With a field as vast as short fiction, it is hard to select at Top 10 list. But here are some stories that have stood the test of time, offer a startling look at life, and haunt people after they have read them. These quick reads are a mix of classics and probably-will-be-classics. The proof is in their small literary package.
1. ”The Lottery” by Shirley Jackson
Take an ordinary day, a quintessential 50’s style family of homemaking mom, head of household dad, cute kids, little town where everyone knows each other, and an annual lottery. Add Shirley Jackson’s signature macabre twist and get ready for a shock.
2. ”The Story of an Hour” by Kate Chopin
An early feminist, Chopin focused on works that showed the limitations society placed on women. This remarkable story takes about two minutes or less to read, but longer to understand. Read it through a few times to really see the meaning. It’s not a simple as ‘she’s a happy widow.’
3. ”A Good Man is Hard to Find” by Flannery O’Connor
Flannery O’Connor adroitly sketches powerful characters and their relationships in short order, setting the scene for unexpected horror in this classic. A grandma, mom, dad, and kids are taking a drive on a sunny highway in the Deep South.
Skillful foreshadowing gives the merest hint that all will not be well, but some of the true horror lies in the characters’ reactions, which stay true to their portraits.
4. “Flowers for Algernon” by Daniel Keyes
Keyes’ command of language is an essential part of the story of Charlie Gordon, a janitor with an IQ of just 68. Told from his point of view, we see his life as he struggles (and often fails) to understand the world around him.
When he is offered a chance to participate in an experiment to increase his IQ, we watch his language and personality change as his intelligence increases. His self-awareness and social awareness increase as well.
But with great knowledge comes great responsibility and sometimes great tragedy.
5. “The Yellow Wallpaper” by Charlotte Perkins Gilman
In the late 1800’s a young woman comes slowly unglued as she is stuck in a vacation home bedroom. We watch her sink slowly into complete madness as she focuses on the yellow wallpaper surrounding her.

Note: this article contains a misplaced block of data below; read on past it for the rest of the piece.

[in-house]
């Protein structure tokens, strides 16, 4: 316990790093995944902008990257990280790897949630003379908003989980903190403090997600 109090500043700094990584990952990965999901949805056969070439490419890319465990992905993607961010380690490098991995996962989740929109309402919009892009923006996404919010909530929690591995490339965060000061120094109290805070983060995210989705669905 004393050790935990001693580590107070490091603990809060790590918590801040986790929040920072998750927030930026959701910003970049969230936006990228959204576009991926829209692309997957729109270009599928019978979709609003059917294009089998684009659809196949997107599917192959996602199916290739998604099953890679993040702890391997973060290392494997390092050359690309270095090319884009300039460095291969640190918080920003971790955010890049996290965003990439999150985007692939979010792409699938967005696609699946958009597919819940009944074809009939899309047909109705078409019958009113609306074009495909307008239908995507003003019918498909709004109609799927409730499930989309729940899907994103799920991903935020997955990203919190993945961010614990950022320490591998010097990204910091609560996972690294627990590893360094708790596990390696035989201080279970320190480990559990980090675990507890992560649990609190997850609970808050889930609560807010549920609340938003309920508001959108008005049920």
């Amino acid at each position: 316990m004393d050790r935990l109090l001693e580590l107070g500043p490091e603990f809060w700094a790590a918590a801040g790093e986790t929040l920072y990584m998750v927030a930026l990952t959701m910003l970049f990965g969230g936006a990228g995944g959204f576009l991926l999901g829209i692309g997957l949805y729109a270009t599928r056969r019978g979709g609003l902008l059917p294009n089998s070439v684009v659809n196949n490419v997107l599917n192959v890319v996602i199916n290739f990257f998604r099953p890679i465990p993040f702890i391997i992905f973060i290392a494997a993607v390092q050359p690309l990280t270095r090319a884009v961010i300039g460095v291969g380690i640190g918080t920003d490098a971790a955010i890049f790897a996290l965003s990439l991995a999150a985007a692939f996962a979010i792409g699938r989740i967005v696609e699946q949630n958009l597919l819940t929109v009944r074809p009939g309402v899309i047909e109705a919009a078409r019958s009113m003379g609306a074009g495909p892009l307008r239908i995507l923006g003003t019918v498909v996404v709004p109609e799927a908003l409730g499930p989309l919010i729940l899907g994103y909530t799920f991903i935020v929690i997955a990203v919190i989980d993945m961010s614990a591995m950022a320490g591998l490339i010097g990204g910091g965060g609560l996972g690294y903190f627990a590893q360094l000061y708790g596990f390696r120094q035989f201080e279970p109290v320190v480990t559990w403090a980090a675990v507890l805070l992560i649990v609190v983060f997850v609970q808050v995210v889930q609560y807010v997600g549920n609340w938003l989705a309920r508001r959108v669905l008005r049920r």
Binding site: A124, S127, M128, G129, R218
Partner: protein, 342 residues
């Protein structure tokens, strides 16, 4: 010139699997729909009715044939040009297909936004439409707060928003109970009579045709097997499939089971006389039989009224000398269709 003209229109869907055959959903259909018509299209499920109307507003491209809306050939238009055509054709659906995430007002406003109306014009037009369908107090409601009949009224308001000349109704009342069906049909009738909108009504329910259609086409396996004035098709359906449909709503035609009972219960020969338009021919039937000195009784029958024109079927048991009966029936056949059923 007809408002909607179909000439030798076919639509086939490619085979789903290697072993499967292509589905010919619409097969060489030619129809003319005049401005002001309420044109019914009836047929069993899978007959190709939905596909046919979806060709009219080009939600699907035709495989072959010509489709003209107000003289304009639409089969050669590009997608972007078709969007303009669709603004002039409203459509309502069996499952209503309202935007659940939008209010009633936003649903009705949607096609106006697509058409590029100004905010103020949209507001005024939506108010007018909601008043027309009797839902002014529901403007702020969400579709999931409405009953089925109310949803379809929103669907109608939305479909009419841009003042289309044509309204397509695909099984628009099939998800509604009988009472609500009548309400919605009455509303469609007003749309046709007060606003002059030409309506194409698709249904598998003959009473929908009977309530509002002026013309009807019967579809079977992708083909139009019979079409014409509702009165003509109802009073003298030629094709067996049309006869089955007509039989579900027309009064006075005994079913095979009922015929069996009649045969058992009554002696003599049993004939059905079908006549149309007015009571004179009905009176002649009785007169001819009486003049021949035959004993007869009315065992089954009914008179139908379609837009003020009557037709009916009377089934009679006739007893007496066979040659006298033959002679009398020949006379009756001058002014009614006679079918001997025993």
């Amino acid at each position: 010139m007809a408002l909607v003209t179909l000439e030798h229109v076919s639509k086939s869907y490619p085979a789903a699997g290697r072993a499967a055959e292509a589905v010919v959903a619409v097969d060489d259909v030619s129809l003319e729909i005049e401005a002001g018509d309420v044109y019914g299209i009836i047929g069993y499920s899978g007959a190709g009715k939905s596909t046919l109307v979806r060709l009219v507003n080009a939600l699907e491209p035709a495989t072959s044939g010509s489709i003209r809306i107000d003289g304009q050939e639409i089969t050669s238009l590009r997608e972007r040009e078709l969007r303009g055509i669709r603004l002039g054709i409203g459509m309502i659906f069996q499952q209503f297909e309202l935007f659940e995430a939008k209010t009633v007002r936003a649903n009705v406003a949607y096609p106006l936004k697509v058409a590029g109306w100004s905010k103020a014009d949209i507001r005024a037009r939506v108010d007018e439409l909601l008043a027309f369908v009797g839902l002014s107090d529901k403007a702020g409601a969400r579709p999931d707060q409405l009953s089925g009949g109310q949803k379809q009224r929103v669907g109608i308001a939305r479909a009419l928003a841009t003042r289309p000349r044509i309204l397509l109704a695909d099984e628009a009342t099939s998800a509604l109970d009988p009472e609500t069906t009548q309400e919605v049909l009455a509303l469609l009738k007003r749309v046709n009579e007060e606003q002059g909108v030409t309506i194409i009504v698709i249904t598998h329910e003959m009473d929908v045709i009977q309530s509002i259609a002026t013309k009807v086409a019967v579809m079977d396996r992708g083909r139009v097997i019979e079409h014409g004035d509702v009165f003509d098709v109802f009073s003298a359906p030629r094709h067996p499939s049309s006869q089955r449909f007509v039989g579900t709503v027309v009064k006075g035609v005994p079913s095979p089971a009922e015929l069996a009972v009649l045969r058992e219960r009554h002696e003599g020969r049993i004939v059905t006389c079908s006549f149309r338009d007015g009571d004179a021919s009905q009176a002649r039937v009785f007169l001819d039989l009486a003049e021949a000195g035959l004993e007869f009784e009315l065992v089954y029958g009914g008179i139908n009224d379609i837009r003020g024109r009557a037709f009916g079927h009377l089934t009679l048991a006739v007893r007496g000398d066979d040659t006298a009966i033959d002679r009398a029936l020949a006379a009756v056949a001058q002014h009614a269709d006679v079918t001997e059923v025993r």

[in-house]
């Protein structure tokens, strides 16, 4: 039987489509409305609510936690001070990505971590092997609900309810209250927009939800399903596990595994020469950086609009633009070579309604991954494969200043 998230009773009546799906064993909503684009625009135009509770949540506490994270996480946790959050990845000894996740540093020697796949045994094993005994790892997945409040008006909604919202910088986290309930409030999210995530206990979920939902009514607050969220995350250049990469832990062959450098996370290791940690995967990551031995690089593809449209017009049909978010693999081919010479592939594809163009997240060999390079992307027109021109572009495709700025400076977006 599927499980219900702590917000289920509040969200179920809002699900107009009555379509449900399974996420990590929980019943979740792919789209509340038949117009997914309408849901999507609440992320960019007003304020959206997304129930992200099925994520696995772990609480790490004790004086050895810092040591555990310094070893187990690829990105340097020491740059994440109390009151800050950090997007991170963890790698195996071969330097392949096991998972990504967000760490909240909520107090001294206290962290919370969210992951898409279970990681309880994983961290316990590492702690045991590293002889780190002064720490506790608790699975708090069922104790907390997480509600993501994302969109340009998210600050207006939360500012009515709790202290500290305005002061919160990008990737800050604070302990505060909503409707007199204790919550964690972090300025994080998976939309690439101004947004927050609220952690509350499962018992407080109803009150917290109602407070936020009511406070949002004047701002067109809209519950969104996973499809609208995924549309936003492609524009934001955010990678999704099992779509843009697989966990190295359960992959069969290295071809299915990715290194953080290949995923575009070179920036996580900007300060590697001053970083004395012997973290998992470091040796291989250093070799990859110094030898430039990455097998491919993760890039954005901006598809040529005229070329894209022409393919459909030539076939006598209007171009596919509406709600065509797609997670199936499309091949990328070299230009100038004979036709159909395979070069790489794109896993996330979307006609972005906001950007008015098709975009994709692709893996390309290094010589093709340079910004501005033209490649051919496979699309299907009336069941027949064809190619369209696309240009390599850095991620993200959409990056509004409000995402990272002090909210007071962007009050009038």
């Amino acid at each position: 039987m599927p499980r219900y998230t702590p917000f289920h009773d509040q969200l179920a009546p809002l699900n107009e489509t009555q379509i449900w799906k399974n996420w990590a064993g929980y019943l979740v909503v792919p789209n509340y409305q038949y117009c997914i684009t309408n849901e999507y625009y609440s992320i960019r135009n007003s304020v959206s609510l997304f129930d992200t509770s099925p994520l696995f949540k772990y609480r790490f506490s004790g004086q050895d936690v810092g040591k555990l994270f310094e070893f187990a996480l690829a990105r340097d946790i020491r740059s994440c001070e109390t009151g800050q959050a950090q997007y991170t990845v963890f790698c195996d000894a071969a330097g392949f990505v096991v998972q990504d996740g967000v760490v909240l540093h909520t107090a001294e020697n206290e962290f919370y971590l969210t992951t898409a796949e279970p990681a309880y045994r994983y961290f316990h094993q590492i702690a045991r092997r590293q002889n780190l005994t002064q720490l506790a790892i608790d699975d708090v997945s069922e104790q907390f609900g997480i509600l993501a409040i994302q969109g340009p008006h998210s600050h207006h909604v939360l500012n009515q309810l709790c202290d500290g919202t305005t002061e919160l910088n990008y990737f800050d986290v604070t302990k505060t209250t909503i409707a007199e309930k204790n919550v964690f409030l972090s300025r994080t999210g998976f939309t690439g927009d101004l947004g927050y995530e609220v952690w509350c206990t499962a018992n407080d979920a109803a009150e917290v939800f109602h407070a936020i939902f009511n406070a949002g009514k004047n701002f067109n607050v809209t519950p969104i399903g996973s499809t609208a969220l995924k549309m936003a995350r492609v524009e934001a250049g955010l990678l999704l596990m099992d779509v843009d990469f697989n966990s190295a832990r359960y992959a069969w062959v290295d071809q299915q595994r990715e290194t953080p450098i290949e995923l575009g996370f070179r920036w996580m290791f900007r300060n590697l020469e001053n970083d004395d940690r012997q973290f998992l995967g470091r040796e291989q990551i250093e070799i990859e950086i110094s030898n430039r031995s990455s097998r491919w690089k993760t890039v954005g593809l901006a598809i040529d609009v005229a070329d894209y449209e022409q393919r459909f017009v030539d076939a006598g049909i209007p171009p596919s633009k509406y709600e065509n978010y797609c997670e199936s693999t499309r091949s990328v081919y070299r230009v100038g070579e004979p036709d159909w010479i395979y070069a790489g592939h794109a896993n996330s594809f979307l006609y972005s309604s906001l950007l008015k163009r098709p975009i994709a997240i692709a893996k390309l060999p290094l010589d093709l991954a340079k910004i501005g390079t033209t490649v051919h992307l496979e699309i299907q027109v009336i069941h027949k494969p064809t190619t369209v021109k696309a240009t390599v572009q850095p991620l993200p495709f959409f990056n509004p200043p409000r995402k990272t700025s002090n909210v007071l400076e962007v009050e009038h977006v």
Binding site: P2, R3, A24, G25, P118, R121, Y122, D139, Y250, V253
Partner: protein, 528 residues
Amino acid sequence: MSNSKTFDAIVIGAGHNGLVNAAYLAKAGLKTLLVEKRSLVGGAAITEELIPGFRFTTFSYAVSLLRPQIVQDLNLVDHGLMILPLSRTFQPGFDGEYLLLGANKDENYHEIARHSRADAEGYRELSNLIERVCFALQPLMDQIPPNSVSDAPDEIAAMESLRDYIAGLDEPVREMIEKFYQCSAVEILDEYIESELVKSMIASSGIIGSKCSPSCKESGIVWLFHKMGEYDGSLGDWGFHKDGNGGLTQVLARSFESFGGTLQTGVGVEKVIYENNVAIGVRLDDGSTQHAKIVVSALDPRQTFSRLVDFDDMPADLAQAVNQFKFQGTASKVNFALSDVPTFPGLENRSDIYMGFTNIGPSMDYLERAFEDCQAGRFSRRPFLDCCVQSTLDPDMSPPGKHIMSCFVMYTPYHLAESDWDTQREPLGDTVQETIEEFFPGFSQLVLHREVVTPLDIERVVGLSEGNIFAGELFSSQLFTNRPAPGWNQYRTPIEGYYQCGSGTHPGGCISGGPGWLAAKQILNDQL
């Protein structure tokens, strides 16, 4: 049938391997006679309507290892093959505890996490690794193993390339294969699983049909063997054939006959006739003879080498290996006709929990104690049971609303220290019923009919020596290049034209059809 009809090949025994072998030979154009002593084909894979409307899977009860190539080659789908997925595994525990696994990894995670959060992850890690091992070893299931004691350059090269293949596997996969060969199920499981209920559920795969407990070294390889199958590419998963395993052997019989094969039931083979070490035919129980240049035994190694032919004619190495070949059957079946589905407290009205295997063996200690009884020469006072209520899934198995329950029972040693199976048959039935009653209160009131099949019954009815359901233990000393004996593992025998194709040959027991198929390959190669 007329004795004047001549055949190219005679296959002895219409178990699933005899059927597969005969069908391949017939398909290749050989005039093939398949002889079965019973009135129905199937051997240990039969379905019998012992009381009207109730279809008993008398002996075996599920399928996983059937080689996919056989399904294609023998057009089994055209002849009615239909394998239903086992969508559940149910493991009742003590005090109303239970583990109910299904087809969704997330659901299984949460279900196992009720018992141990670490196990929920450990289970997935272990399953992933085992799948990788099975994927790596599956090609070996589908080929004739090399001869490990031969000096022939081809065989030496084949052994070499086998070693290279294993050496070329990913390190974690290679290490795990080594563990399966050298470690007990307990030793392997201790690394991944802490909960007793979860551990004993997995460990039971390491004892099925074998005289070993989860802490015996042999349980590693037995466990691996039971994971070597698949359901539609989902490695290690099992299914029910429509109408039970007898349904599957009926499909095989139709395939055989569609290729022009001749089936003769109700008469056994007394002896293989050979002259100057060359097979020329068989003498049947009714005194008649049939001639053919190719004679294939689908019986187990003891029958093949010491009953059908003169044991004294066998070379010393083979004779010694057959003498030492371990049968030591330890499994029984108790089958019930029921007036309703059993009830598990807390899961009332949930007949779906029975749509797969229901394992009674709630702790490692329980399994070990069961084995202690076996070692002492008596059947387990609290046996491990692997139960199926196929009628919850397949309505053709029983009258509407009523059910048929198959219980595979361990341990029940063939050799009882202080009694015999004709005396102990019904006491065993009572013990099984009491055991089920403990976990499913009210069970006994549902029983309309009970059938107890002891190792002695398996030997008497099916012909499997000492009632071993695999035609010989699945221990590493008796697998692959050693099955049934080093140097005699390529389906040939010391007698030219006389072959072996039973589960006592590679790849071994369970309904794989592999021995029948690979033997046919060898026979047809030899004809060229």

Besides being a riveting psychological study, the story explores the themes of women’s roles in the male-dominated society of the time.
6. “The Things They Carried” by Tim O’Brien
This partly-autobiographical story centered on what items each man in a Vietnam platoon carried. When a fellow platoon member dies, the lieutenant must decide what should be carried and what should be let go.
The items come to symbolize the weight and cost of memories, hurts, and emotions that we often carry instead of putting down.
7. “The Cask of Amontillado” by Edgar Allen Poe
Fans of sadistic, psychopathic first person narrators will delight in this Poe classic. We watch as he manipulates people and situations to carry out his pre-calculated murder plan. We never know why the narrator wants to kill the unfortunate victim, but no reason could justify the tortuous method he chooses.
Rumors at the time claimed Poe was inspired by a real-life event, the supposed walling up of a drunk soldier within Fort Independence in Massachusetts. Though no proof was available at the time, in 1905 a renovation of the fort revealed the skeletal remains of a soldier chained to a wall.
8. “Passion” by Alice Munro
The Nobel Prize winner author doesn’t disappoint in this haunting story of a young woman on a visit to meet her boyfriend’s family. She is trying to sort through her ambivalent feelings towards her beau when she accidentally cuts her hand.
Her boyfriend’s plastered brother drives her to the emergency room. The two form a deep, unexpected connection…until tragedy changes everything.
9. “Going to Meet the Man” by James Baldwin
A grim, violent, but painfully realistic piece, the story is set in the South. A white sheriff struggles to be intimate with his wife, and flashes back to his childhood. At that time the family outing with mom and dad was the lynching of a black man.
The description of the lynching is one of the most graphic scenes in literature, not for the faint of heart. But it is not gratuitous violence as it examines the themes of power, sex, violence, and racism.
10. “The Husband Stitch” by Carmen Maria Machado
Take a standard fairy tale, shred it, and pull out underlying ugliness. This is what Carmen Machado does in this eerie story about a new wife and the one secret she wants to keep to herself.
Her husband is determined to discover the mystery she hides, and the harder he tries, the more sinister he becomes. A mesmerizing study in characters, power, and boundaries.
A masterful short story crams the intensity and character development of a novel into a tightly packed narrative. These short reads may end quickly, but you may also find yourself reading them over again.